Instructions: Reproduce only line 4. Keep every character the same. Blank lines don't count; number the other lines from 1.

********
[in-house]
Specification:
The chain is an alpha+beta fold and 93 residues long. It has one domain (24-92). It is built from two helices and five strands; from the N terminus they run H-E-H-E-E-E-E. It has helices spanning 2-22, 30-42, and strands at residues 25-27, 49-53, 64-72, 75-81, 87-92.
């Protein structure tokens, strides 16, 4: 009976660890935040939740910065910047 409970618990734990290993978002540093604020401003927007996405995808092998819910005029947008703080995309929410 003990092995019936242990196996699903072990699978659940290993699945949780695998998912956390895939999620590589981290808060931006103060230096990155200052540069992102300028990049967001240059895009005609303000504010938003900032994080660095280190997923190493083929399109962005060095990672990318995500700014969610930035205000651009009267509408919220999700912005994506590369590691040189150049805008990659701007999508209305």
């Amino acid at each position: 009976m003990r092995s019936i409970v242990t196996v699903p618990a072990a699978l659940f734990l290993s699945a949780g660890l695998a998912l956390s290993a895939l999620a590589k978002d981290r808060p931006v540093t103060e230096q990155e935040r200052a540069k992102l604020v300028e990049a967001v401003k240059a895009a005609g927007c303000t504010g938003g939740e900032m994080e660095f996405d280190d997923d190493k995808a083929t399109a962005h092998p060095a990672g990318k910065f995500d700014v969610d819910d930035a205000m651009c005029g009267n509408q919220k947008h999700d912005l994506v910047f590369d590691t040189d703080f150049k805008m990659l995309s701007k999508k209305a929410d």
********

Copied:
């Protein structure tokens, strides 16, 4: 009976660890935040939740910065910047 409970618990734990290993978002540093604020401003927007996405995808092998819910005029947008703080995309929410 003990092995019936242990196996699903072990699978659940290993699945949780695998998912956390895939999620590589981290808060931006103060230096990155200052540069992102300028990049967001240059895009005609303000504010938003900032994080660095280190997923190493083929399109962005060095990672990318995500700014969610930035205000651009009267509408919220999700912005994506590369590691040189150049805008990659701007999508209305």